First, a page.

A curry might not be the first dish that comes to mind when planning your holiday menu. However, the depth of flavor and delicious use of squash, a Thanksgiving staple, makes this recipe a crowd-pleaser for vegans and omnivores alike.
Spiced Red Lentils with Caramelized Onions and Spinach
Though the Indian seasonings are a departure from traditional Thanksgiving flavors, the bright vegetables in this vegan main dish are right in keeping with the holiday’s harvest theme. You can easily double it to serve a bigger group.
Roasted Cauliflower and Shallots with Chard and Dukkah
The secret ingredient in this recipe, inspired by one served by chef Matthew Dillon at the Corson Building in Seattle, is an easy-to-make Egyptian nut-and-spice blend called dukkah. Dillon likes to serve the roasted vegetables as a side dish, but in more generous portions it serves 4 as a main.
Coconut Pan-Roasted Sweet Potatoes with Sesame Seeds
Virgin coconut oil is unrefined and cold-pressed, like extra-virgin olive oil, and isn’t hydrogenated. It has a clean, slightly nutty taste that’s delicious in this dish. Deborah Madison, who adapted this recipe from one in a new revision of her book Vegetarian Cooking for Everyone (1997), likes to use a mix of sweet potatoes, but it’s fine to go with just one kind. Paler sweet potatoes tend to be drier, so if you use them, add more oil.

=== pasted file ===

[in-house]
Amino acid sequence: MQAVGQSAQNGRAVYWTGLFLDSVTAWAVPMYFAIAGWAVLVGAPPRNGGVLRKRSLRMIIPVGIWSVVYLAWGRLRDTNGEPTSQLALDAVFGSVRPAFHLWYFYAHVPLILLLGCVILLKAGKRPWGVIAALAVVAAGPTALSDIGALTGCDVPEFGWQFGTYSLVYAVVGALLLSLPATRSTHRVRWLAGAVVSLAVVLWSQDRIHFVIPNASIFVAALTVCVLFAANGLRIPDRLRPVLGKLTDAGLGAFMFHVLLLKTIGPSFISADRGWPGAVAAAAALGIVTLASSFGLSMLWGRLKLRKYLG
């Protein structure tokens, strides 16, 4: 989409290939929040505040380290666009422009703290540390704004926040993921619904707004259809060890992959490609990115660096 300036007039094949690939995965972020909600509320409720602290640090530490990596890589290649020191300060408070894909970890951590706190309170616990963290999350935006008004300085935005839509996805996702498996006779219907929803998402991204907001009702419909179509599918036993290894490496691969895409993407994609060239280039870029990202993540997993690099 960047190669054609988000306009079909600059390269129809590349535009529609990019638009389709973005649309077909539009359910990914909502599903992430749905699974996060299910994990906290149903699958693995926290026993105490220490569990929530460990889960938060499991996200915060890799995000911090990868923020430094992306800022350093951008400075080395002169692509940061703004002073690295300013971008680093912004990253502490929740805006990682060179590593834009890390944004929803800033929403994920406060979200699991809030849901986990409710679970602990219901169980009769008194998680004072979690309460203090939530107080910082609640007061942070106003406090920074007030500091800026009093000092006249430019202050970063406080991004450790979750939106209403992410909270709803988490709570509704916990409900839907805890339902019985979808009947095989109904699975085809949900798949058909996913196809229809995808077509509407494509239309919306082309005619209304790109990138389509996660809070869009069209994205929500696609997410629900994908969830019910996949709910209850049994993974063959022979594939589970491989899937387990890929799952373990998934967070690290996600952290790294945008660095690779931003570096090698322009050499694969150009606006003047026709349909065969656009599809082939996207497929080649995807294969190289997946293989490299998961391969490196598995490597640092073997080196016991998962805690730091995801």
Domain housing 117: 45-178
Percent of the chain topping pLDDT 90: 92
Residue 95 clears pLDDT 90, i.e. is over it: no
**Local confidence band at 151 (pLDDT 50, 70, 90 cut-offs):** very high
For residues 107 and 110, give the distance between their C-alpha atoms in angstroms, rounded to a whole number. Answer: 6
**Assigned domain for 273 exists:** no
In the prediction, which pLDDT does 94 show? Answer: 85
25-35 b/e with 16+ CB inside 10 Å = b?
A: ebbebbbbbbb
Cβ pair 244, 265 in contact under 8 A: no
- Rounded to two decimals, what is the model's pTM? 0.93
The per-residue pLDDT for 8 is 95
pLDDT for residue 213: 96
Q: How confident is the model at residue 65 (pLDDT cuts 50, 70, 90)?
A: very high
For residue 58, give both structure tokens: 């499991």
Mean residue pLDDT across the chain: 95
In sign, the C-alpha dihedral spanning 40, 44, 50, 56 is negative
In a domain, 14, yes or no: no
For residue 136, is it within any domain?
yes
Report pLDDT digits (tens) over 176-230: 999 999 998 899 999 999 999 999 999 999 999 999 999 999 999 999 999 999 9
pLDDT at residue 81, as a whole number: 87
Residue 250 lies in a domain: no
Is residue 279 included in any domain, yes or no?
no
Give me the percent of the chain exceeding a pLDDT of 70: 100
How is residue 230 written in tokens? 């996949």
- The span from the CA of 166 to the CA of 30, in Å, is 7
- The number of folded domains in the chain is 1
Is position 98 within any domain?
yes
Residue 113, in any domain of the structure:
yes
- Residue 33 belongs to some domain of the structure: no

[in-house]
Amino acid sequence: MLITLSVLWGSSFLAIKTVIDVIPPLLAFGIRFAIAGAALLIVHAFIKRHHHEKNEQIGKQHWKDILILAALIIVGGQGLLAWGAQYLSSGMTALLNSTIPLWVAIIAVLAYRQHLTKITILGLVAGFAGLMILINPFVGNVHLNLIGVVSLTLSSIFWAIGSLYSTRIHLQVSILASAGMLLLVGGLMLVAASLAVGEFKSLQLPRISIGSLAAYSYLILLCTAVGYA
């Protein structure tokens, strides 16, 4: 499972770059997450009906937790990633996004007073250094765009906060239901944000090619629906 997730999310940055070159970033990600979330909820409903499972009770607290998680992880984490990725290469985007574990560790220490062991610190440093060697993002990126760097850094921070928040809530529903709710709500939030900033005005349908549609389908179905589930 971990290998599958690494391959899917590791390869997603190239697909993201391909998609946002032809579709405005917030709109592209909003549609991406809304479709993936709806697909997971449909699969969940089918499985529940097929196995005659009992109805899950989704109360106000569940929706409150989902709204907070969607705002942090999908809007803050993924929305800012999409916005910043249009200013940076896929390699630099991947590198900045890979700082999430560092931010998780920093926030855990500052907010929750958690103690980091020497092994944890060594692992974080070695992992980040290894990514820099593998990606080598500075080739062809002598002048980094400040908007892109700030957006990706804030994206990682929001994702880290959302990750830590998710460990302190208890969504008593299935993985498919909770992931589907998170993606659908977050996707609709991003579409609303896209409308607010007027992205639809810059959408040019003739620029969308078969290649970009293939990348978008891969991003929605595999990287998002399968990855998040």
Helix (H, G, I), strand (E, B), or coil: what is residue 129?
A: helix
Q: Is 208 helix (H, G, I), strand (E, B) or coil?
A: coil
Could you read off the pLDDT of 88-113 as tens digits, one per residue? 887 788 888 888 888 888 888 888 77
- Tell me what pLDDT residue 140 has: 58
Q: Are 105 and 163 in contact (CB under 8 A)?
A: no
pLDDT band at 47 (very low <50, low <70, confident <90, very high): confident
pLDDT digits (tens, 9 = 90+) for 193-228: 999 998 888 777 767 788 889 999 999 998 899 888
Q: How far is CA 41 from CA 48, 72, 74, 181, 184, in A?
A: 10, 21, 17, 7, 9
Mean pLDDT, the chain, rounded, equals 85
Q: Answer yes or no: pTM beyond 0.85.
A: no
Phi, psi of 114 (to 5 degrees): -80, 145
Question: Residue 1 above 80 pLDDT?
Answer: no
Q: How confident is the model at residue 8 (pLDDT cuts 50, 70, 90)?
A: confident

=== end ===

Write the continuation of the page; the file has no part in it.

Warm Brussels Sprout Leaves with Toasted Garlic and Lemon
These Brussels sprouts are just 34 calories per serving, making them a healthy addition to your meal. You need only a splash of oil on the leaves because you cook them quickly, like a warm salad, and they stay crisp.
Leggy, small-flowered broccolini is a hybrid of regular broccoli and Chinese broccoli. It’s great steamed, but glorious roasted: The color and flavor deepen, and the florets get delectably crisp—almost as though they’ve been fried. Roasted regular broccoli is also delicious, though it won’t get quite as crisp.
Whorled broccoli romanesco is an exotic treat, yet it’s very easy to prepare—just steam until tender. If you can’t find small heads, just break a full-grown head into florets (cauliflower works too). This recipe is adapted from one in Vegetable Literacy (Ten Speed Press, 2013), by Deborah Madison.